"There is no excellent beauty that hath not some strangeness in the proportion" Francis Bacon 1561-1626

Sunday, 22 April 2012

Easton Workshops and a Painting!

It’s been a VERY busy week. The Empty Garden has been begging for attention, so seeds have been sown and plants lined up for planting and more lists made.  I held one of my “Bugs Beasts and Botanicals” painting workshops at Easton Walled Gardens with Judith, Michael, Sue, Elaine and Lucy. Thanks all for coming and for your fantastic input and enthusiasm. It was so enjoyable.
The workshops are all about looking..looking hard and looking again and appreciating and developing ones own abilities, aptitudes and enthusiasms.  I am going to write a post about them in more detail soon.

I have another full days workshop at Easton this coming week. I would just like a little more sun if possible… but to be honest just to be up at Easton is so inspirational and such a delight, whatever the weather.

And at last I got down to painting the gorgeous Buff Tailed Bumble bee. She is surveying her prospects from a Mahonia leaf. It’s number one of my rather delayed commissions. I have not had time to scan this one and irritatingly it is too big to scan in one go so it involves lots of faffing about with Photoshop..so for now photos will have to do. 

 

I particularly like the way bees pause on leaves to take a break .. I am also thankful because you can get a good look at them..and of course, them at you.

The garden has been full of solitary bees and the valiant mining bee from my last post was prospecting in the lawn again. Thanks to my very knowledgeable bee mentor Alan Phillips, I think it is the lovely Andrena nitida, just one of the over 230 other British Bees I have yet to paint…!

So much to do, so little time!

Monday, 16 April 2012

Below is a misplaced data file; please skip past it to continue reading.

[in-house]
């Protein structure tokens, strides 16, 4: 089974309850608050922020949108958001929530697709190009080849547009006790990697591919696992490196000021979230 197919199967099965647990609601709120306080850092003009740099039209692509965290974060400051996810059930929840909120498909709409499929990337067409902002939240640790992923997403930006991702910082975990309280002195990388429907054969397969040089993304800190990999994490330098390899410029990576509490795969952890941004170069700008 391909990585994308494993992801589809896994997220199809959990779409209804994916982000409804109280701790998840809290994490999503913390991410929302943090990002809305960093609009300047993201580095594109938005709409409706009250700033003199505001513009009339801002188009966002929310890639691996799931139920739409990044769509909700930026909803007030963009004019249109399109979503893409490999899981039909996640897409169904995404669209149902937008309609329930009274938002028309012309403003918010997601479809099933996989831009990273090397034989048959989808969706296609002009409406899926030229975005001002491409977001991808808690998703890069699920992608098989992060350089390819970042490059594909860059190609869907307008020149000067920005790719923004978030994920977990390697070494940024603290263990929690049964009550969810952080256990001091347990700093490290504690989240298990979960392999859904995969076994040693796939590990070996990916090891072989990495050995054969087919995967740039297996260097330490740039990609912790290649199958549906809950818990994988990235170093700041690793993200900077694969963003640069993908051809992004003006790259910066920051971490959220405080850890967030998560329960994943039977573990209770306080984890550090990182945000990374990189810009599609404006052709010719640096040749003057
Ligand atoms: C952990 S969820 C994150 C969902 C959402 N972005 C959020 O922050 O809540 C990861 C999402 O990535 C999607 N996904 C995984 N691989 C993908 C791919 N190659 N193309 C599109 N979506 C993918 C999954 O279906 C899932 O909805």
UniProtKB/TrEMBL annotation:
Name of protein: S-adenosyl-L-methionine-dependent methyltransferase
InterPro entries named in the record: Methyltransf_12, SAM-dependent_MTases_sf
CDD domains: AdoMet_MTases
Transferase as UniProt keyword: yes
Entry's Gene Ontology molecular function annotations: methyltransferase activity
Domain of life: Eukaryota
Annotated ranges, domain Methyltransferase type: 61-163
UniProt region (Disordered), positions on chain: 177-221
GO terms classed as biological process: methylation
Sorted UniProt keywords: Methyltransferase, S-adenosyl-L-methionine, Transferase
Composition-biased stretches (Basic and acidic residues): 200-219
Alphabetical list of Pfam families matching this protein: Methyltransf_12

A Tawny Mining Bee and thanks to Nature in Art.

I am back from my 10 days over Easter at Nature in Art, having met so many interesting and bee friendly people and made quite a few converts too.
I am also much more knowledgeable about honey bees and the great work done by Bees Abroad. Their observation hive was fascinating.
One day I arrived early to hear the bees making an extra loud buzzing, easily audible from behind the closed shutters. When Brian opened up, it was clear the excitement was caused by new loads of pale pollen arriving.   A frenzy of waggle dancing was going on.  If I read their directions correctly they were collecting from the nearby rape field which had just sprung into flower.

Brian, one of the project leaders of Bees Abroad, works in Cameroon, Nigeria and Ghana. He wore a very cool African robe and hat on a couple of days and will be giving a talk tomorrow night (Tuesday) at the Museum. entitled “My Beekeeping Exploits”. Will you be appearing fully kitted out  Brian?? :)

The Bee Exhibition “Winged Saviours” continues at Nature in Art until April 29th and here is a brilliant winged photo of director Simon Trapnell from the local newspaper

bee exhib rview